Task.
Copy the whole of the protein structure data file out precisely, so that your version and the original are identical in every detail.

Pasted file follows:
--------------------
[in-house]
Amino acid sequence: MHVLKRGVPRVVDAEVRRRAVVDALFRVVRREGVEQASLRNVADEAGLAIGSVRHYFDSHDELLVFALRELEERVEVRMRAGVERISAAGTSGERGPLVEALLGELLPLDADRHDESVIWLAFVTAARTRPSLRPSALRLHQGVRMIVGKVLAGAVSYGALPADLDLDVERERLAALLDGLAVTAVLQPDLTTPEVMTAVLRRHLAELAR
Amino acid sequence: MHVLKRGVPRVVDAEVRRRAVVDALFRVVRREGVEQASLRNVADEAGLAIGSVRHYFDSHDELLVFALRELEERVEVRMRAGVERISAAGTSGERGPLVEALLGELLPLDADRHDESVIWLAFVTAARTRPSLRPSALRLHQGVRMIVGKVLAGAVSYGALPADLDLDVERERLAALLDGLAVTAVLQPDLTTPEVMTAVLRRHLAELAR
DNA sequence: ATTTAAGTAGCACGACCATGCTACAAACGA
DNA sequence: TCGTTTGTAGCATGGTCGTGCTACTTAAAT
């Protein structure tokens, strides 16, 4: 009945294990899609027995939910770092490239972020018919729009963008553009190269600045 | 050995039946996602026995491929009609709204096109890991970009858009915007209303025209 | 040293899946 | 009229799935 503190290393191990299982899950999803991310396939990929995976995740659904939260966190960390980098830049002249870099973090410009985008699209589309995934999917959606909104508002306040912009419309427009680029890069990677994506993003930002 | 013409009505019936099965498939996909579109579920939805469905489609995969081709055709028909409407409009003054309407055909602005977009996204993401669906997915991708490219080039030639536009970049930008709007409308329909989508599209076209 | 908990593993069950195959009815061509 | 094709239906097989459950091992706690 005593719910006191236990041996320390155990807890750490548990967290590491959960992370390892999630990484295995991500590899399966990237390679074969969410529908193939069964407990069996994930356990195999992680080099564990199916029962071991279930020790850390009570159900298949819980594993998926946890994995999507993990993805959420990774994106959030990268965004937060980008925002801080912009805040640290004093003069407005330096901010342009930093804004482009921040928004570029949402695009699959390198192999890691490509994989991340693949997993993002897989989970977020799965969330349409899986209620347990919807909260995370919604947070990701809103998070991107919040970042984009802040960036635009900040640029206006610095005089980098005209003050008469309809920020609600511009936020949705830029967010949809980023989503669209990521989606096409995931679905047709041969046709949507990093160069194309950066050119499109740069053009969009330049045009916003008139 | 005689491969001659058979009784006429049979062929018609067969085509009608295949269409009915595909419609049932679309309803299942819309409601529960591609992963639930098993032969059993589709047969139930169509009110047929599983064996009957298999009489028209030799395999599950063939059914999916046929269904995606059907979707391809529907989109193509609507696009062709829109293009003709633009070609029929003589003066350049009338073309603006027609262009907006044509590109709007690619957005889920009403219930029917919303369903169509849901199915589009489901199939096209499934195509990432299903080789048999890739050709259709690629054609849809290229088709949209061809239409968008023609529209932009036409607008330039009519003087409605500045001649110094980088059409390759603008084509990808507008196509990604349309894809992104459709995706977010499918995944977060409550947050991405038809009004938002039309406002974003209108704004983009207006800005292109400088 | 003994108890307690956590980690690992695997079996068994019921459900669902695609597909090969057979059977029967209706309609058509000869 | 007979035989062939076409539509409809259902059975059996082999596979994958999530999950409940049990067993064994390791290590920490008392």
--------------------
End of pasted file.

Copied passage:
[in-house]
Amino acid sequence: MHVLKRGVPRVVDAEVRRRAVVDALFRVVRREGVEQASLRNVADEAGLAIGSVRHYFDSHDELLVFALRELEERVEVRMRAGVERISAAGTSGERGPLVEALLGELLPLDADRHDESVIWLAFVTAARTRPSLRPSALRLHQGVRMIVGKVLAGAVSYGALPADLDLDVERERLAALLDGLAVTAVLQPDLTTPEVMTAVLRRHLAELAR
Amino acid sequence: MHVLKRGVPRVVDAEVRRRAVVDALFRVVRREGVEQASLRNVADEAGLAIGSVRHYFDSHDELLVFALRELEERVEVRMRAGVERISAAGTSGERGPLVEALLGELLPLDADRHDESVIWLAFVTAARTRPSLRPSALRLHQGVRMIVGKVLAGAVSYGALPADLDLDVERERLAALLDGLAVTAVLQPDLTTPEVMTAVLRRHLAELAR
DNA sequence: ATTTAAGTAGCACGACCATGCTACAAACGA
DNA sequence: TCGTTTGTAGCATGGTCGTGCTACTTAAAT
């Protein structure tokens, strides 16, 4: 009945294990899609027995939910770092490239972020018919729009963008553009190269600045 | 050995039946996602026995491929009609709204096109890991970009858009915007209303025209 | 040293899946 | 009229799935 503190290393191990299982899950999803991310396939990929995976995740659904939260966190960390980098830049002249870099973090410009985008699209589309995934999917959606909104508002306040912009419309427009680029890069990677994506993003930002 | 013409009505019936099965498939996909579109579920939805469905489609995969081709055709028909409407409009003054309407055909602005977009996204993401669906997915991708490219080039030639536009970049930008709007409308329909989508599209076209 | 908990593993069950195959009815061509 | 094709239906097989459950091992706690 005593719910006191236990041996320390155990807890750490548990967290590491959960992370390892999630990484295995991500590899399966990237390679074969969410529908193939069964407990069996994930356990195999992680080099564990199916029962071991279930020790850390009570159900298949819980594993998926946890994995999507993990993805959420990774994106959030990268965004937060980008925002801080912009805040640290004093003069407005330096901010342009930093804004482009921040928004570029949402695009699959390198192999890691490509994989991340693949997993993002897989989970977020799965969330349409899986209620347990919807909260995370919604947070990701809103998070991107919040970042984009802040960036635009900040640029206006610095005089980098005209003050008469309809920020609600511009936020949705830029967010949809980023989503669209990521989606096409995931679905047709041969046709949507990093160069194309950066050119499109740069053009969009330049045009916003008139 | 005689491969001659058979009784006429049979062929018609067969085509009608295949269409009915595909419609049932679309309803299942819309409601529960591609992963639930098993032969059993589709047969139930169509009110047929599983064996009957298999009489028209030799395999599950063939059914999916046929269904995606059907979707391809529907989109193509609507696009062709829109293009003709633009070609029929003589003066350049009338073309603006027609262009907006044509590109709007690619957005889920009403219930029917919303369903169509849901199915589009489901199939096209499934195509990432299903080789048999890739050709259709690629054609849809290229088709949209061809239409968008023609529209932009036409607008330039009519003087409605500045001649110094980088059409390759603008084509990808507008196509990604349309894809992104459709995706977010499918995944977060409550947050991405038809009004938002039309406002974003209108704004983009207006800005292109400088 | 003994108890307690956590980690690992695997079996068994019921459900669902695609597909090969057979059977029967209706309609058509000869 | 007979035989062939076409539509409809259902059975059996082999596979994958999530999950409940049990067993064994390791290590920490008392």